14 But put on the Lord Jesus Christ, and make no provision for the flesh, to fulfill its lusts. ~ Romans 13:14 (NKJV)
By Bro. John L. Cash, “Country Preacher Dad”
When the month of May arrives at our country church, that means one thing: Christian Service Camp is just around the corner. Right now I’m making my preparations for being the dean of a week of Bible camp for 3rd and 4th graders. One of my annual jobs in that capacity is making sure all the little boys change their clothes and get a shower each day. Over the years, I’ve learned a lot of things about making sure that gets done.
The boys dorm of our Bible Camp has four showers. After campfire each night, there are four lines of little boys waiting for their turn in a shower. As soon as a camper is bathed, he steps out of the shower and changes into his pajamas behind a privacy curtain. Then the next little boy inherits that shower and the process begins again. Usually, we can get 25 little boys showered in about 20 minutes.
Many years ago at a week of camp, a little boy came to me at shower-time on Wednesday night to share a valuable piece of information. “Vinnie hasn’t taken a shower all week,” he said. “When it’s his turn to take a shower, he just runs the water and pretends to get in. He pours a paper cup of water on his head. Then he puts on different clothes.”
Well, to tell you the truth, this made a lot of sense and tied up a lot of loose ends. It didn’t take Vinnie very long to “take a shower.” And he did seem to be getting kind of crusty. I told the little boy to send Vinnie to have a talk with me.
When Vinnie came to my bunk, I didn’t yell at him or scold him. I handed him a wash cloth. Then I poured about two tablespoons from my bottle of “Dr. Bronner’s Organic Magic Soaps: 18-in-1 (Peppermint) Pure Castille Soap Liquid” on top of his head.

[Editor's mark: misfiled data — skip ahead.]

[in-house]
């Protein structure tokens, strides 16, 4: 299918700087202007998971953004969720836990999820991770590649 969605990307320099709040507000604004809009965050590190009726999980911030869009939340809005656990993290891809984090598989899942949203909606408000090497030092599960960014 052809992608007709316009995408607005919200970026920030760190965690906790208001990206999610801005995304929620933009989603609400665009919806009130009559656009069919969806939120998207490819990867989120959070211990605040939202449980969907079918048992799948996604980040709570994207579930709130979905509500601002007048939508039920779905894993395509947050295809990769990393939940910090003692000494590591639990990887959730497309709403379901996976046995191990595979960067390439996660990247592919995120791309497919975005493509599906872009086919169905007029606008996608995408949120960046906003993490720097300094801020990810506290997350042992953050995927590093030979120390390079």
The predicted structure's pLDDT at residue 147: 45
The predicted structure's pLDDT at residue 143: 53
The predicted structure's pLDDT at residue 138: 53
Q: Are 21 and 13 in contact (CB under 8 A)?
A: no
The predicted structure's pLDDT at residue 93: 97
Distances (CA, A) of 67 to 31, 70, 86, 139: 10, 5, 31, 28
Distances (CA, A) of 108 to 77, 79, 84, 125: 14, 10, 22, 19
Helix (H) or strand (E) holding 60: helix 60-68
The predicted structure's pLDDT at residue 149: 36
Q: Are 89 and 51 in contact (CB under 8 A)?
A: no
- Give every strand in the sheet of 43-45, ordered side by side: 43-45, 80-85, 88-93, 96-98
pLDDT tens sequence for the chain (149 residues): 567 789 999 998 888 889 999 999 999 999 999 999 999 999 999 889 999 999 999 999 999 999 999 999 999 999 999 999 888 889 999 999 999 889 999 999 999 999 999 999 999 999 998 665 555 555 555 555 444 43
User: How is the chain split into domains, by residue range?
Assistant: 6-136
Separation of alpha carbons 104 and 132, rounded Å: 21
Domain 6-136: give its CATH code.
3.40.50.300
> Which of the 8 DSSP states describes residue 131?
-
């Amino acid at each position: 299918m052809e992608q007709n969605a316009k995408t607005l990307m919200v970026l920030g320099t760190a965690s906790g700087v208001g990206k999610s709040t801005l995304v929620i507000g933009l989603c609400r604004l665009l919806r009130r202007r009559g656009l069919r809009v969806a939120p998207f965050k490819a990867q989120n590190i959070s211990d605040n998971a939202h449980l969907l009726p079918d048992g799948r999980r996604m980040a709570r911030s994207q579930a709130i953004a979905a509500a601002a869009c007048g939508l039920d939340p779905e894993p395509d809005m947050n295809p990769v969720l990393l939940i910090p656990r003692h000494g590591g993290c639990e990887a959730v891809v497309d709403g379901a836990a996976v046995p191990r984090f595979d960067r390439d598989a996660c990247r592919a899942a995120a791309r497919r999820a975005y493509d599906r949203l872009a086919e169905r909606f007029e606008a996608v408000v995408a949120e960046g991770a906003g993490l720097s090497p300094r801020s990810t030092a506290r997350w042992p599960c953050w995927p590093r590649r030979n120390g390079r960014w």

(This is the most wonderful stuff on the planet. I bring this to camp every year to clean the urinals with. The bottle says that it’s organic, that it’s highly concentrated, that it is so pure that you can drink it, and that it’s safe to use to wash your car, your dog, and small children.)
I told Vinnie, “Go get in the shower and scrub this soap off with the wash cloth. Try not to get it in your eye. And scrub the rest of your body while you’re at it.”
Five minutes later, a much cleaner Vinnie emerged wearing a fresh pair of pajamas. “Brother John,” he exclaimed. “That stuff makes you feel really CLEAN !” (I have found that this is the typical reaction to one’s first bath with the peppermint-oil-infused-Bronner’s-soap. It makes your whole body feel like a Hall’s Metho-Lyptis Cough Drop.) After that, Vinnie requested to take all his showers using the peppermint soap. He became the cleanest little camper we had.
Now, I think there’s an important spiritual principle we can all learn here. Did you notice how easy it was for me to get Vinnie to take a shower? In reality, I didn’t even give him an option. After I poured the soap on his head, he had to wash it off. The boy decided to do the right thing because the right thing was the easiest thing to do.
We all need to put this principle to work in our spiritual lives. I believe all of us who are striving to follow Jesus want to do what is right. And we are more apt to do what is right if we make doing right the easiest option.
So on Saturday night announce to the whole family that everybody is going to go to church the next morning. Lay out everyone’s Sunday best, and set out a box of doughnuts for an easy breakfast on the Lord’s Day. Call the preacher’s wife and tell her you’ll help with children’s worship. Then, when you wake up on Sunday, taking your family to church will be the easiest thing to do — or else you’ll have a lot of explaining to do. You’ll never be sorry when you make it easy to do what is right.
Dr. John L. Cash is the “Country Preacher Dad.” He was raised in Stuttgart, Arkansas, and has spent the last 26 years being a country preacher in the piney woods five miles south of the little town of Hickory, Mississippi. (On week days has a desk-job at a public school and teaches Latin on closed-circuit-television.) He and his lovely wife, Susan, and his sons, Spencer (age 21) and Seth (age 17) live in the parsonage next door to the Antioch Christian Church (where when Seth Cash was 5-years-old he once shouted from the bathtub, “Everybody ought to bathe with this stuff!”) He would love to hear from you in an email sent to firstname.lastname@example.org.